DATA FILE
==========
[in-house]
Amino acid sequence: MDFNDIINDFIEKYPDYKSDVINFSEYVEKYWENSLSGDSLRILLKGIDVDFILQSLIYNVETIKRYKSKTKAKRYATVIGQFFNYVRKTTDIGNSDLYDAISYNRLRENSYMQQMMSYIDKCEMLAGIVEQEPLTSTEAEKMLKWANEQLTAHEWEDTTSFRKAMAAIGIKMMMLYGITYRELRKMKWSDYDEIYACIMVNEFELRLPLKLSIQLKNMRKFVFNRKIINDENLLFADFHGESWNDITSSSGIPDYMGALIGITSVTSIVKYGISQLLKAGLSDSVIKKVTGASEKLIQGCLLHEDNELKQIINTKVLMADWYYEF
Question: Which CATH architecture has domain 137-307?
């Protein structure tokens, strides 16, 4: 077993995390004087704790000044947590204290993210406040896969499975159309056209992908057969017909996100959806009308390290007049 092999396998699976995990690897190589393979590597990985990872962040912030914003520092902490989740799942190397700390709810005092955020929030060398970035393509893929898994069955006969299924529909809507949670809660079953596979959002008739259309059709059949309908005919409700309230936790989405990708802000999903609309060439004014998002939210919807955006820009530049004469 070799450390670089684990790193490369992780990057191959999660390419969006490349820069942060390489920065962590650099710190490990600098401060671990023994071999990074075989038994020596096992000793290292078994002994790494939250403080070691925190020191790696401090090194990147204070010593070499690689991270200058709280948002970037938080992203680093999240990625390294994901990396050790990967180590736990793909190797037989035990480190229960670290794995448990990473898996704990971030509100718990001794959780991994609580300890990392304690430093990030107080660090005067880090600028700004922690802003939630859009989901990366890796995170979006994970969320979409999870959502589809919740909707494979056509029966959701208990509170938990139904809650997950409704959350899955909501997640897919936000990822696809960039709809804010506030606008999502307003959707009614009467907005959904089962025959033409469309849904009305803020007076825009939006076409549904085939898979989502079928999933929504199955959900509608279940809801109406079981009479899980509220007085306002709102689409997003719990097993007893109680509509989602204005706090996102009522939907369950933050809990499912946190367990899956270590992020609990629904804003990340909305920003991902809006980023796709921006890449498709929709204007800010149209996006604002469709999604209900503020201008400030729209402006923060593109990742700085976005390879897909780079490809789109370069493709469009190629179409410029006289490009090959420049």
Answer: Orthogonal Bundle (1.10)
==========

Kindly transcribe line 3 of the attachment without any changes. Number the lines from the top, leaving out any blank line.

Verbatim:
Question: Which CATH architecture has domain 137-307?